You can ride whatever bike, trike or recumbent you like, provided it is roadworthy and for most events, fitted with mudguards. What suits one rider may be wholly inappropriate for you. (Beware of magazines and advertisements touting 'the ultimate audax bike'!) Here are some guidelines though:

 

  • Adjust your bike to fit you. A coach, good bike shop or an experienced clubmate should be able to help you. Do not over-stretch to reach the handlebars or pedals.
  • Err towards more low gears than high gears. A triple chainset is a good idea. You do not need racing gears. Talk to experienced randonneurs. You'll get a spectrum of answers which you will have to filter, but at least they will be based on real knowledge.
  • For distance riding, comfort is much more important than absolute speed. If you use 700c tyres, 23mm really is the minimum depth you should consider. 28mm is a good compromise.
  • Choose a saddle which is reasonably firm, to give you support over longer distances. Modern padded saddles are popular but traditional leather saddles still have their loyal devotees - if you can tolerate the breaking-in period.
  • SPD style pedals and shoes are excellent. You get full power from them, your foot will not slip (if adjusted properly) and unlike racing shoes, you can walk about without waddling like a duck or risking going AOT on smooth floors! Not everyone can find cycling shoes to fit, however, and if this is your problem, traditional toe clips on your pedals allow you to use whatever shoes are comfortable.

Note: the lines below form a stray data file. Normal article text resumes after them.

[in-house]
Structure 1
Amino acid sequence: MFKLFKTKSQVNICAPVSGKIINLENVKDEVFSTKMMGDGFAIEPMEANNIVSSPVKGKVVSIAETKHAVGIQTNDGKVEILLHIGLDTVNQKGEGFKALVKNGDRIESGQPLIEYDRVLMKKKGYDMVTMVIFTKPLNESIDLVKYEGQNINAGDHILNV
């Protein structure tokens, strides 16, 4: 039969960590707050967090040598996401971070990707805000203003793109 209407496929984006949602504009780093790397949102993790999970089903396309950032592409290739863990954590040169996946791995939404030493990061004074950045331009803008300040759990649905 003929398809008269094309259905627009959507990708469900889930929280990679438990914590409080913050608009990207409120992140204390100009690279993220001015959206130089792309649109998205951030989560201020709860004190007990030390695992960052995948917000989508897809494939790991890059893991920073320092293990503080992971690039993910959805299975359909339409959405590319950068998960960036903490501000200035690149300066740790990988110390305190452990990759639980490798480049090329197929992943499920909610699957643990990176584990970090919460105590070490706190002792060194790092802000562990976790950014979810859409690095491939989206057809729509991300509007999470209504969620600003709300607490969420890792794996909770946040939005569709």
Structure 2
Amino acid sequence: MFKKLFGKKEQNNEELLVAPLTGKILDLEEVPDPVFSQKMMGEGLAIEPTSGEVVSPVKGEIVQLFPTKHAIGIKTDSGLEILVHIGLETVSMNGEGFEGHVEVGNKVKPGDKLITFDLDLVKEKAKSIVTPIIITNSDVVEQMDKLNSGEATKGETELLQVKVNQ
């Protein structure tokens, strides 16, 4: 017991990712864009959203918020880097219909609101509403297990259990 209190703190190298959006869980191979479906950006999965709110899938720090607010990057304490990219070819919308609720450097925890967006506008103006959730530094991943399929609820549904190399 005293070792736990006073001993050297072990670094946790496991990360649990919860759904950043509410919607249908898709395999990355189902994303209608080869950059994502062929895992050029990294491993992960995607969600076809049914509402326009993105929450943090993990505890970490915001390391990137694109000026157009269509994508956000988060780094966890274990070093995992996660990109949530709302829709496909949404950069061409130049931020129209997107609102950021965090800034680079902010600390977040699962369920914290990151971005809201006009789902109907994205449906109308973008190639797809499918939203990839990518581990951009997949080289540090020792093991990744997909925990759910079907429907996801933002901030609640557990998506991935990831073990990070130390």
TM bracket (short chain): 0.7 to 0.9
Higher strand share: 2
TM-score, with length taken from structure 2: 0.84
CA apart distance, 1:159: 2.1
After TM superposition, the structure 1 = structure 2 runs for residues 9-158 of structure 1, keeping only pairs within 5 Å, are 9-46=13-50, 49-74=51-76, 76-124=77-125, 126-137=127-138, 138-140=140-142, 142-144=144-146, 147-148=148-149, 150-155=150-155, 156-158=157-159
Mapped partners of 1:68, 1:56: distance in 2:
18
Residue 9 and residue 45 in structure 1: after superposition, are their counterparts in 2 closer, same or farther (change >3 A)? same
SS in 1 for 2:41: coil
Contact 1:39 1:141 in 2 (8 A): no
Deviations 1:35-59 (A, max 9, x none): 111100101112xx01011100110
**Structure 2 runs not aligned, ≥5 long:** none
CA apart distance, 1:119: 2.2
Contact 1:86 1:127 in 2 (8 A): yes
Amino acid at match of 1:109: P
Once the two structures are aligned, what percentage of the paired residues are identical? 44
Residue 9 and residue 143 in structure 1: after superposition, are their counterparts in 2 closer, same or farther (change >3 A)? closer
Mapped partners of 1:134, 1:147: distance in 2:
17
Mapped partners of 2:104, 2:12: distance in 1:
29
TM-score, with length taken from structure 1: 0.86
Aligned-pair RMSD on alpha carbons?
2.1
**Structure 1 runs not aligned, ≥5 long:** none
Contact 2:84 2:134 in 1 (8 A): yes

• Carry essential spares and tools. Recommended: 2 spare inner tubes, puncture repair kit, tyre levers, allen keys to fit your bike (3 - 6mm). Small penknife - usually includes a screwdriver blade. Small adjustable spanner. Selection of cable ties. Good pump, capable of achieving 100psi.
  • Clean your bike before any ride. Check for damage or wear and replace any item before it expires in the middle of nowhere on a Sunday afternoon.
  • Wheels need to be strong, but comfortable. Nothing fancy, 36 spokes front and rear, crossed 3 times will give reliable service for most riders. Avoid deep section 'aero' rims. These may be strong and sexy, but they're too unforgiving for long-distance riding.

 

The length of event and the time of year will dictate how much luggage you take. Carry a lightweight waterproof jacket with you on all rides in case the weather deteriorates. You may also need to take clothes off during a ride (gloves, track top, etc.) and you'll need somewhere to put them. 'Top bags' which sit neatly on a pannier rack are very popular and are taking over from the formerly ubiquitous saddlebags. Use the pockets for tools, food or whatever you need to hand, and the main compartment for larger items like spare clothing. Alternatively, you may use panniers, or a handlebar bag. Some riders cram everything into overloaded jersey pockets or a seatpack the size of a pea but filled so much that it looks like a car's airbag about to explode. It's up to you but the golden rules are: